Scalloped Terrain within a Crater at Peneus Patera
NASA/JPL/University of Arizona
Scalloped Terrain within a Crater at Peneus Patera
PSP_005342_1225  Science Theme: Climate Change
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This image reveals depressions in the mid-latitude mantle within a crater at Peneus Patera.

The depressions, several of which have coalesced together, have scalloped edges. Such features form what is often referred to as "scalloped terrain." Scalloped terrain is most commonly found at approximately 55 degrees north and south latitude and has led to hypotheses of the removal of subsurface material, possibly interstitial ice by sublimation (evaporation). The formation of scalloped terrain is believed to be an ongoing process today.

In this image, steeper scarps consistently face the south pole while more gentle slopes face in the direction of the equator. This is most likely due to differences in solar heating.

On the surface surrounding the scalloped depressions is a polygonal pattern of fractures. This is commonly associated with scalloped terrain, and indicates that the surface has undergone stress potentially caused by subsidence, desiccation, or thermal contraction. Also on the surface surrounding the depressions are dark toned dust devil tracks.Written by: Maria Banks  (21 November 2007)

This is a stereo pair with PSP_005632_1225.
 
Acquisition date
16 September 2007

Local Mars time
14:33

Latitude (centered)
-57.296°

Longitude (East)
54.314°

Spacecraft altitude
250.4 km (155.6 miles)

Original image scale range
50.2 cm/pixel (with 2 x 2 binning) so objects ~151 cm across are resolved

Map projected scale
50 cm/pixel and North is up

Map projection
Equirectangular

Emission angle
4.2°

Phase angle
46.3°

Solar incidence angle
49°, with the Sun about 41° above the horizon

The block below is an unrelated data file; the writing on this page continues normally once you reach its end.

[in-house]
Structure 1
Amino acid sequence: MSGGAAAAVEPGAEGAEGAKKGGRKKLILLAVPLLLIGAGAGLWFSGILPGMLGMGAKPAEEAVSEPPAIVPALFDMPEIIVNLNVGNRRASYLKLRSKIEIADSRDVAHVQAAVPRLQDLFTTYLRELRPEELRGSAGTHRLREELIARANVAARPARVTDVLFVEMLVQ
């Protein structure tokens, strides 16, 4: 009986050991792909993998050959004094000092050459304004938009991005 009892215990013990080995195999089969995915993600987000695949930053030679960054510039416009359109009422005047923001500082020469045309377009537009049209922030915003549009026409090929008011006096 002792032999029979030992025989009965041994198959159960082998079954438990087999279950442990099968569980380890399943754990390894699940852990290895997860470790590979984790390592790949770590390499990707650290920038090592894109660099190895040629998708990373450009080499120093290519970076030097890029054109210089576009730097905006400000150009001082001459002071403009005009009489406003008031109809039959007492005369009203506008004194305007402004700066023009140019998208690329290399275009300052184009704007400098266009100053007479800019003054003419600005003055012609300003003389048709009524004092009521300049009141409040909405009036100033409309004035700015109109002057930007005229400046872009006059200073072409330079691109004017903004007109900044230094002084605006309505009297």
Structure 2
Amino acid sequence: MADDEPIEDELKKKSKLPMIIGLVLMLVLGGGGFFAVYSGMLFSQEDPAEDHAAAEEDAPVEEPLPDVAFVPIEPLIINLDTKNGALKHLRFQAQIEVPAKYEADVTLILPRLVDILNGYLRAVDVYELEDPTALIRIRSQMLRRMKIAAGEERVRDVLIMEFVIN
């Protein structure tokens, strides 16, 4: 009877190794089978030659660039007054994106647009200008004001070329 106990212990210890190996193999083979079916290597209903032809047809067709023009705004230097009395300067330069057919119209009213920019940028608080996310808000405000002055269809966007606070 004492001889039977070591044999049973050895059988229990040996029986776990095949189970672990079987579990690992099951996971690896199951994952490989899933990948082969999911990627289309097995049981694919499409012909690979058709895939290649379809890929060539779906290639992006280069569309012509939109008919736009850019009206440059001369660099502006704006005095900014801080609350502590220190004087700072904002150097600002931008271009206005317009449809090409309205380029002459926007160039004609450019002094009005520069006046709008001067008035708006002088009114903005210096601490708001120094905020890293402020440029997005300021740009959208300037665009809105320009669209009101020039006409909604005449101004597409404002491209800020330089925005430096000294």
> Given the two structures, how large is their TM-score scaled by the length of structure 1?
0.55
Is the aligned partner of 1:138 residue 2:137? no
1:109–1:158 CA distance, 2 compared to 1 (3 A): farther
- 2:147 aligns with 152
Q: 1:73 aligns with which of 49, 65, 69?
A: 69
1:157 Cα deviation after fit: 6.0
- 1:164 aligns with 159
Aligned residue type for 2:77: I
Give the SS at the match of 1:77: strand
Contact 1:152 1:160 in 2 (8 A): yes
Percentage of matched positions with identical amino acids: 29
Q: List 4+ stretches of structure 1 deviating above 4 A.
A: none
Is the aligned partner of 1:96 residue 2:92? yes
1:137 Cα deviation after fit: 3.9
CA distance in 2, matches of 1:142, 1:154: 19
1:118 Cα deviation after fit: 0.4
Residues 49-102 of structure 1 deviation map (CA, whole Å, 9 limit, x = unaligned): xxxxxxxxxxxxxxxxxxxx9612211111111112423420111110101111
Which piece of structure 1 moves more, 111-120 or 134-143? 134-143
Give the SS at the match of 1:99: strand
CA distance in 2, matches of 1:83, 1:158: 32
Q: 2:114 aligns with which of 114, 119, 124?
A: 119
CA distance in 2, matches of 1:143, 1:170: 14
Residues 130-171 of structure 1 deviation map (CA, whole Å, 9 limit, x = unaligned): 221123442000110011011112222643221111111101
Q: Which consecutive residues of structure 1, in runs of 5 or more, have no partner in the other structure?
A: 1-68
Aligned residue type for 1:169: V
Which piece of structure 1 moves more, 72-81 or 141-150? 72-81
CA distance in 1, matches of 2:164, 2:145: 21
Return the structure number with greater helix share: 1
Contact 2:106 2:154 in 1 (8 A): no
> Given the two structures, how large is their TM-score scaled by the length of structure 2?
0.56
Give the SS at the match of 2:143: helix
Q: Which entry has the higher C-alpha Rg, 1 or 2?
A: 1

Solar longitude
315.0°, Northern Winter

For non-map projected images
North azimuth:  98°
Sub-solar azimuth:  45.4°
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RGB color
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ANAGLYPHS
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Full resolution JP2 download
Anaglyph details page

DIGITAL TERRAIN MODEL (DTM)
DTM details page

ADDITIONAL INFORMATION
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EDR products
HiView

NB
IRB: infrared-red-blue
RGB: red-green-blue
About color products (PDF)

Black & white is 5 km across; enhanced color about 1 km
For scale, use JPEG/JP2 black & white map-projected images

USAGE POLICY
All of the images produced by HiRISE and accessible on this site are within the public domain: there are no restrictions on their usage by anyone in the public, including news or science organizations. We do ask for a credit line where possible:
NASA/JPL/University of Arizona

POSTSCRIPT
NASA’s Jet Propulsion Laboratory, a division of the California Institute of Technology in Pasadena, Calif., manages the Mars Reconnaissance Orbiter for NASA’s Science Mission Directorate, Washington. The HiRISE camera was built by Ball Aerospace and Technology Corporation and is operated by the University of Arizona.